Afro-Latino Arturo Schomburg: The African Diaspora’s History Keeper

Afro-Latino Arturo Schomburg: The African Diaspora’s History Keeper

When it comes to celebrating Black History Month and talking about the prominent figures that have made their mark on American history, we must talk about Afro-Latino History. To that end, we must highlight the contributions of Arturo Schomburg who, as a young boy in his native island of Puerto Rico, was told that there was no such thing as black people culture or history; a statement that shaped his life as one of the most important researchers of African history in the beginning of the 20th century.

As an Afro-Latina, and a believer in the unifying power of multiculturalism, it is important to me that more people learn and understand the struggles all members of the African diaspora have faced, as well as recognizing the contributions of Afro-Latinos to the African American experience. It wouldn’t be possible to tell some of those stories without the invaluable work of Arturo Schomburg who dedicated his life to research, recover, and protect the legacy of his African ancestors.

A historian and book and artifacts curator, Arturo Schomburg also contributed his forward-thinking ideas in his writing. One of the things he advocated for was the inclusion of black history courses in the educational system. His recommendation was to “include the practical history of the Negro race from the dawn of civilization to the present time…” as an amendment to the curriculum. It has been said that Arturo Schomburg’s focus on African history came out of the need to find himself and solidify his identity and to claim the place of his ancestors in world history.

Arturo Schomburg was born in the town of Santurce, that is now part of San Juan, Puerto Rico on January 24, 1874 as Arturo Alfonso Schomburg. The son of Maria Josefa, a black woman from St. Croix who worked as a midwife and merchant Carlos Federico Schomburg, who was originally from Germany. Although not much is known about his childhood, it is said that he talked about his upbringing and how it helped him to gain awareness about prejudice and discrimination.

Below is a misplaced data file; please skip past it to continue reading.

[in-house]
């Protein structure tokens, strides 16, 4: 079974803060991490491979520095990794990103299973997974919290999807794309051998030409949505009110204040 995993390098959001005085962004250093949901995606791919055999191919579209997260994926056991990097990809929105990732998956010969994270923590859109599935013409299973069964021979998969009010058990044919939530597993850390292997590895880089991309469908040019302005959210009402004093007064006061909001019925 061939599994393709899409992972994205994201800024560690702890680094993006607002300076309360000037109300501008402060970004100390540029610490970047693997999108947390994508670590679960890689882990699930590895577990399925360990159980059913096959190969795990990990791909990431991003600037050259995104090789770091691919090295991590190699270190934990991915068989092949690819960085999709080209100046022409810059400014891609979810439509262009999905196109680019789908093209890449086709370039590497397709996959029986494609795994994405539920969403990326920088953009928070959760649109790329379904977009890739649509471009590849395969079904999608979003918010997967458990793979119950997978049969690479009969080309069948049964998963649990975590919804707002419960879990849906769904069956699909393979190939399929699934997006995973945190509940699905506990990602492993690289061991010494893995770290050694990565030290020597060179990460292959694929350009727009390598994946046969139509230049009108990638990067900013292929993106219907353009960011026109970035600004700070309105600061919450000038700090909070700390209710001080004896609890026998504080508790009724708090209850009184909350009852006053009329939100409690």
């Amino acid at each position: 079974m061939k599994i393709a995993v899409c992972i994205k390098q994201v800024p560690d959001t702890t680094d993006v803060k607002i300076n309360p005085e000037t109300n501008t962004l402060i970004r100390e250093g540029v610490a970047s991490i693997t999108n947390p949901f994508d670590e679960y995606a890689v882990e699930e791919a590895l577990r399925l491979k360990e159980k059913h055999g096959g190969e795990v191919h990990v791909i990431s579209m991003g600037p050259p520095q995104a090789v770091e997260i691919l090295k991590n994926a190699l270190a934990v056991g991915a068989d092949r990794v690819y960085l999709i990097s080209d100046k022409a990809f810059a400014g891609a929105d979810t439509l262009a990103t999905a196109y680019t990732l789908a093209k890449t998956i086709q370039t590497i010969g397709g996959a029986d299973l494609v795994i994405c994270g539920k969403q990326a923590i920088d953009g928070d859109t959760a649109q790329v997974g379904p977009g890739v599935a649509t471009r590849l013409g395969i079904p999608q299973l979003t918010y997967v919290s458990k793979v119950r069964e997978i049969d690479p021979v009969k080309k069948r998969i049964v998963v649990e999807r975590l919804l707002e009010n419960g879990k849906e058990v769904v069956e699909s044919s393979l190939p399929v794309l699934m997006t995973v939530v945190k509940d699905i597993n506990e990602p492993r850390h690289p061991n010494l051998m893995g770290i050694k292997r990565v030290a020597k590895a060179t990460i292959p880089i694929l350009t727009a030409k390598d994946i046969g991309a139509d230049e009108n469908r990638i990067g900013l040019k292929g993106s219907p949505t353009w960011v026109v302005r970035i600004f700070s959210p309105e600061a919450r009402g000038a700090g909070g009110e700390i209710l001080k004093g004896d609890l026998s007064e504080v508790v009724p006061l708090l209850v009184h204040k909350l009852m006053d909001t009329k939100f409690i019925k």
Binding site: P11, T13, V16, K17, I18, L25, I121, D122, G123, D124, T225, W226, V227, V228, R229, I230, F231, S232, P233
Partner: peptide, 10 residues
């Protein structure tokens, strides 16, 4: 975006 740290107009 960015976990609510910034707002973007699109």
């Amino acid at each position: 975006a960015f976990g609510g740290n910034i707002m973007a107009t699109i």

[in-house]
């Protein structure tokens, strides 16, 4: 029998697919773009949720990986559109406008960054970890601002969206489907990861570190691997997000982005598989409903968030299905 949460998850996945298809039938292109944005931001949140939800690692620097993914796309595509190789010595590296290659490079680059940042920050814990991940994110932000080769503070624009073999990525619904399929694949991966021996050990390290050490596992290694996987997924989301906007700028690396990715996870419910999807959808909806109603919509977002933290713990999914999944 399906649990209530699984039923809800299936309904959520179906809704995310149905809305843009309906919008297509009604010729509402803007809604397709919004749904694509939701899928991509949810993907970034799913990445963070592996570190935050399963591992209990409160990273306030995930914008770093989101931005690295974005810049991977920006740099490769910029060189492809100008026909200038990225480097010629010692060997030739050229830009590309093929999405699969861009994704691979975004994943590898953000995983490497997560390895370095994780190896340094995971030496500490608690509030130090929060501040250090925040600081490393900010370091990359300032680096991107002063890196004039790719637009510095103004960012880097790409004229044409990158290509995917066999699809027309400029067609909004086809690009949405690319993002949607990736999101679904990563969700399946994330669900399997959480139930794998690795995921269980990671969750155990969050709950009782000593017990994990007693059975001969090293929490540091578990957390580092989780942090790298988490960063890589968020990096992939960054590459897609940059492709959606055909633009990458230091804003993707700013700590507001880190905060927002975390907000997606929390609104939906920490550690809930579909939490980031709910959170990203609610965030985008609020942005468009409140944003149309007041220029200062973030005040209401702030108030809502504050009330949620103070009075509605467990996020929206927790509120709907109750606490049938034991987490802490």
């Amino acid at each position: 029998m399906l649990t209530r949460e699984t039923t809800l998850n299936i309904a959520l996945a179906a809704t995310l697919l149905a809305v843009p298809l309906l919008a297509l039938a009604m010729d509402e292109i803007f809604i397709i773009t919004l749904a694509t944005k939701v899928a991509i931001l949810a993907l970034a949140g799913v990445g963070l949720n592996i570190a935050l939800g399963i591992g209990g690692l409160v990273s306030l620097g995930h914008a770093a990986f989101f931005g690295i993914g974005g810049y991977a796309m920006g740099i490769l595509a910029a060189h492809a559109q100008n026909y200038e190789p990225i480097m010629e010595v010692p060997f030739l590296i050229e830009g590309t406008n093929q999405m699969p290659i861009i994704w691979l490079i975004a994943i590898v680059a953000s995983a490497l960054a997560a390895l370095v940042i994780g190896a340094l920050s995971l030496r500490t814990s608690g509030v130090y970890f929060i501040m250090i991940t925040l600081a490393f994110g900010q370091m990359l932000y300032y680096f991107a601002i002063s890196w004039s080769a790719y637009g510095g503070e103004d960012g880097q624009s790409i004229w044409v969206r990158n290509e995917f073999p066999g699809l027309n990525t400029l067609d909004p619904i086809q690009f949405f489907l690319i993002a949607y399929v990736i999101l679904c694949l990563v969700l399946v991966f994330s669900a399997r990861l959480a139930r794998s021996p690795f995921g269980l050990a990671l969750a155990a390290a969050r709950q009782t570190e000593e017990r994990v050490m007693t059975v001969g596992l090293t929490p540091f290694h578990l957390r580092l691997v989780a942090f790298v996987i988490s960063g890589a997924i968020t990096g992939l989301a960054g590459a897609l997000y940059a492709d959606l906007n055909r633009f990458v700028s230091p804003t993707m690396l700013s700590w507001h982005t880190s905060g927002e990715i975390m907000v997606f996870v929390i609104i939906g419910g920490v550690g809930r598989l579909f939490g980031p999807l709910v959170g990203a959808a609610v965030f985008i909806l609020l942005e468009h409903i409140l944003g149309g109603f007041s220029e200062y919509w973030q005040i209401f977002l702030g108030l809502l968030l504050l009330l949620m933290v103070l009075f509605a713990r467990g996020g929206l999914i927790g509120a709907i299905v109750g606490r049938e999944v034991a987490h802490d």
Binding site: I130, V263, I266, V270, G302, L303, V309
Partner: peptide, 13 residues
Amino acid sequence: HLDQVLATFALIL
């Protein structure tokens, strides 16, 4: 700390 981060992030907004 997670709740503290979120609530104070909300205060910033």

Afro-Latino Arturo Schomburg: African Diaspora’s History Keeper


Afro-Latino Arturo Schomburg’s Legacy

He moved to the United States in 1891, at the age of 17, where he worked as a typographer and entered the craftsmanship circles of the time which happened to be aligned with his views on social and political issues. He attended night school to finish his high school studies and held other jobs as a doorman and elevator operator to support himself. While he never fulfilled his dream of becoming a lawyer, due to the racial barriers with segregation and his limited resources, these struggles solidified his need to research, preserve and showcase African history.

During the 1890s decade, he collaborated with the Antillean Separatist Movement, along with other Puerto Rican figures, like Afro-Latino Sotero Figueroa and Francisco Gonzalo Marín, who together found Club Borinquen, and other organizations of the time dedicated to promoting ideals of independence and igniting Puerto Rican participation. Three years after José Martí’s death in 1898, Arturo Schomburg shifted his allegiance from the Puerto Rican liberation to the black freedom movement in the United States. That’s the year he adopted the anglicized spelling of his name.

With the increased population of blacks from all over the US, the Caribbean, and Africa in Harlem, New York in 1920, a new intellectual environment took place; a period called the Harlem Renaissance. Harlem was then known as the “black capital” of the United States, and created a greater demand for black literature, history and artifacts.

In May 1925, the Division of Negro Literature, History, and Prints was officially opened with many of the books and artifacts gathered by Arturo Schomburg as the central planner of a reference collection they had put together years before. The division hosted annual exhibits of black artists, lectures, and also displayed letters, manuscripts, books and other artifacts.